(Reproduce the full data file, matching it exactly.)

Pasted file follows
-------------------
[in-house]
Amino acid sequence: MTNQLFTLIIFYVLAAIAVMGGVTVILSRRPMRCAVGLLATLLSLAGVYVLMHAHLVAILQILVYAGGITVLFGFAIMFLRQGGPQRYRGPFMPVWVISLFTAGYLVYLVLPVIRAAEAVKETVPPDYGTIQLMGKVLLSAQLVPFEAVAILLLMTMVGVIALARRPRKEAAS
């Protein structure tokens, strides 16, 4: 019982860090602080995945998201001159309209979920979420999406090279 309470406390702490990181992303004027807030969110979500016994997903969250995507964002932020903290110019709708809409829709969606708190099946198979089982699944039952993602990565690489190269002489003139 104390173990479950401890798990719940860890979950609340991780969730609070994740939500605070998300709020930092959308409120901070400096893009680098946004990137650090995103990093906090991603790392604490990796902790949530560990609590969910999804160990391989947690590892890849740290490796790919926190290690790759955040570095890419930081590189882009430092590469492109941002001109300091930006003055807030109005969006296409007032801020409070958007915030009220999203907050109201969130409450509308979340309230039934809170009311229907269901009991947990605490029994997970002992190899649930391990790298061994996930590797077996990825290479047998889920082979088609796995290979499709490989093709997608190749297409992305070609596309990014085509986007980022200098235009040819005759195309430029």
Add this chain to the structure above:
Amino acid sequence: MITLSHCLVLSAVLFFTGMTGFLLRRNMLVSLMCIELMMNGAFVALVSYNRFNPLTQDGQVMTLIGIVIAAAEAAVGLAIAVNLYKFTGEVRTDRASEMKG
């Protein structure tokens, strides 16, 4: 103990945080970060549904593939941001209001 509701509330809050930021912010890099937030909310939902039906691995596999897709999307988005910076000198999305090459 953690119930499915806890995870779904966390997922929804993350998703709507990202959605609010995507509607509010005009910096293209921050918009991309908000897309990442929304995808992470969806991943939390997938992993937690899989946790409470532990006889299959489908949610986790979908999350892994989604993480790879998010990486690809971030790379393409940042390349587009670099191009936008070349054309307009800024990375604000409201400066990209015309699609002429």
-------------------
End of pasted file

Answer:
[in-house]
Amino acid sequence: MTNQLFTLIIFYVLAAIAVMGGVTVILSRRPMRCAVGLLATLLSLAGVYVLMHAHLVAILQILVYAGGITVLFGFAIMFLRQGGPQRYRGPFMPVWVISLFTAGYLVYLVLPVIRAAEAVKETVPPDYGTIQLMGKVLLSAQLVPFEAVAILLLMTMVGVIALARRPRKEAAS
């Protein structure tokens, strides 16, 4: 019982860090602080995945998201001159309209979920979420999406090279 309470406390702490990181992303004027807030969110979500016994997903969250995507964002932020903290110019709708809409829709969606708190099946198979089982699944039952993602990565690489190269002489003139 104390173990479950401890798990719940860890979950609340991780969730609070994740939500605070998300709020930092959308409120901070400096893009680098946004990137650090995103990093906090991603790392604490990796902790949530560990609590969910999804160990391989947690590892890849740290490796790919926190290690790759955040570095890419930081590189882009430092590469492109941002001109300091930006003055807030109005969006296409007032801020409070958007915030009220999203907050109201969130409450509308979340309230039934809170009311229907269901009991947990605490029994997970002992190899649930391990790298061994996930590797077996990825290479047998889920082979088609796995290979499709490989093709997608190749297409992305070609596309990014085509986007980022200098235009040819005759195309430029």
Add this chain to the structure above:
Amino acid sequence: MITLSHCLVLSAVLFFTGMTGFLLRRNMLVSLMCIELMMNGAFVALVSYNRFNPLTQDGQVMTLIGIVIAAAEAAVGLAIAVNLYKFTGEVRTDRASEMKG
């Protein structure tokens, strides 16, 4: 103990945080970060549904593939941001209001 509701509330809050930021912010890099937030909310939902039906691995596999897709999307988005910076000198999305090459 953690119930499915806890995870779904966390997922929804993350998703709507990202959605609010995507509607509010005009910096293209921050918009991309908000897309990442929304995808992470969806991943939390997938992993937690899989946790409470532990006889299959489908949610986790979908999350892994989604993480790879998010990486690809971030790379393409940042390349587009670099191009936008070349054309307009800024990375604000409201400066990209015309699609002429």